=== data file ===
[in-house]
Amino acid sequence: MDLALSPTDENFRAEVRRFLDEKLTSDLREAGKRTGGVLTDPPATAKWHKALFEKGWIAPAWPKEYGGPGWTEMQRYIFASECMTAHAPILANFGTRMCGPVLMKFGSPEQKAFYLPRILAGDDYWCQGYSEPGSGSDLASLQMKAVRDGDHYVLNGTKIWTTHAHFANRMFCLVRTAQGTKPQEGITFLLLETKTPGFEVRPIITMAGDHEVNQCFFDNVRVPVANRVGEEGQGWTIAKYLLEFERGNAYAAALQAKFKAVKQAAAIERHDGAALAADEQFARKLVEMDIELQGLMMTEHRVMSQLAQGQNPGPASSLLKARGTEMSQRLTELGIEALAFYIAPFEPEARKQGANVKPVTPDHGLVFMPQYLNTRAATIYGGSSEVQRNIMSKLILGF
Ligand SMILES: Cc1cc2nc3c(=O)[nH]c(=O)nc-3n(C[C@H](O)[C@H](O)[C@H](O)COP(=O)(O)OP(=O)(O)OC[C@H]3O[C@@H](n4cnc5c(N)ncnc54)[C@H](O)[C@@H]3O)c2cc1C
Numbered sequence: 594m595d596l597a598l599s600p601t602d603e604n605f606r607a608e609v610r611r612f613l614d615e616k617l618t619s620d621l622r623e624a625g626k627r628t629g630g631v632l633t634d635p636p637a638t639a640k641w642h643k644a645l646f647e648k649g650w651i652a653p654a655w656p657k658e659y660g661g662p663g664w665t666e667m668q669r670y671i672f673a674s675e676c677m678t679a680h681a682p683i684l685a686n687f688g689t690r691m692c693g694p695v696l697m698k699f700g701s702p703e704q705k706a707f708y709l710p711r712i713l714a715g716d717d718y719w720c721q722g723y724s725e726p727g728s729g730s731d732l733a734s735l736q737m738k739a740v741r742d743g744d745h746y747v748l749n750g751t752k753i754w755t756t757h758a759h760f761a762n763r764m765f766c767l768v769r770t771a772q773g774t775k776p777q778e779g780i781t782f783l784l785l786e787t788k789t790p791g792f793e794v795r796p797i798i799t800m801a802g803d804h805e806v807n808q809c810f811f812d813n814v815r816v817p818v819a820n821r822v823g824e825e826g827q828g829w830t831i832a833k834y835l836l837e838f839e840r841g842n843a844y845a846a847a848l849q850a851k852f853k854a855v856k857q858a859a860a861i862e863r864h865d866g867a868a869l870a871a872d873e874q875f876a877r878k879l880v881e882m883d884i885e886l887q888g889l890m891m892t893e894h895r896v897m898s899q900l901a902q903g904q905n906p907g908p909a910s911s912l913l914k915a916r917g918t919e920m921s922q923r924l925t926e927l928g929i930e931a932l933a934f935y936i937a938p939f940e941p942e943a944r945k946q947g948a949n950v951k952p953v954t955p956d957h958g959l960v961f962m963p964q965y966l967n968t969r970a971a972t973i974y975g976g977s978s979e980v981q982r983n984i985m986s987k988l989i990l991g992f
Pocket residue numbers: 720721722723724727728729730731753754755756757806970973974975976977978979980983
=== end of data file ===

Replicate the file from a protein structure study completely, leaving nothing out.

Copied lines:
[in-house]
Amino acid sequence: MDLALSPTDENFRAEVRRFLDEKLTSDLREAGKRTGGVLTDPPATAKWHKALFEKGWIAPAWPKEYGGPGWTEMQRYIFASECMTAHAPILANFGTRMCGPVLMKFGSPEQKAFYLPRILAGDDYWCQGYSEPGSGSDLASLQMKAVRDGDHYVLNGTKIWTTHAHFANRMFCLVRTAQGTKPQEGITFLLLETKTPGFEVRPIITMAGDHEVNQCFFDNVRVPVANRVGEEGQGWTIAKYLLEFERGNAYAAALQAKFKAVKQAAAIERHDGAALAADEQFARKLVEMDIELQGLMMTEHRVMSQLAQGQNPGPASSLLKARGTEMSQRLTELGIEALAFYIAPFEPEARKQGANVKPVTPDHGLVFMPQYLNTRAATIYGGSSEVQRNIMSKLILGF
Ligand SMILES: Cc1cc2nc3c(=O)[nH]c(=O)nc-3n(C[C@H](O)[C@H](O)[C@H](O)COP(=O)(O)OP(=O)(O)OC[C@H]3O[C@@H](n4cnc5c(N)ncnc54)[C@H](O)[C@@H]3O)c2cc1C
Numbered sequence: 594m595d596l597a598l599s600p601t602d603e604n605f606r607a608e609v610r611r612f613l614d615e616k617l618t619s620d621l622r623e624a625g626k627r628t629g630g631v632l633t634d635p636p637a638t639a640k641w642h643k644a645l646f647e648k649g650w651i652a653p654a655w656p657k658e659y660g661g662p663g664w665t666e667m668q669r670y671i672f673a674s675e676c677m678t679a680h681a682p683i684l685a686n687f688g689t690r691m692c693g694p695v696l697m698k699f700g701s702p703e704q705k706a707f708y709l710p711r712i713l714a715g716d717d718y719w720c721q722g723y724s725e726p727g728s729g730s731d732l733a734s735l736q737m738k739a740v741r742d743g744d745h746y747v748l749n750g751t752k753i754w755t756t757h758a759h760f761a762n763r764m765f766c767l768v769r770t771a772q773g774t775k776p777q778e779g780i781t782f783l784l785l786e787t788k789t790p791g792f793e794v795r796p797i798i799t800m801a802g803d804h805e806v807n808q809c810f811f812d813n814v815r816v817p818v819a820n821r822v823g824e825e826g827q828g829w830t831i832a833k834y835l836l837e838f839e840r841g842n843a844y845a846a847a848l849q850a851k852f853k854a855v856k857q858a859a860a861i862e863r864h865d866g867a868a869l870a871a872d873e874q875f876a877r878k879l880v881e882m883d884i885e886l887q888g889l890m891m892t893e894h895r896v897m898s899q900l901a902q903g904q905n906p907g908p909a910s911s912l913l914k915a916r917g918t919e920m921s922q923r924l925t926e927l928g929i930e931a932l933a934f935y936i937a938p939f940e941p942e943a944r945k946q947g948a949n950v951k952p953v954t955p956d957h958g959l960v961f962m963p964q965y966l967n968t969r970a971a972t973i974y975g976g977s978s979e980v981q982r983n984i985m986s987k988l989i990l991g992f
Pocket residue numbers: 720721722723724727728729730731753754755756757806970973974975976977978979980983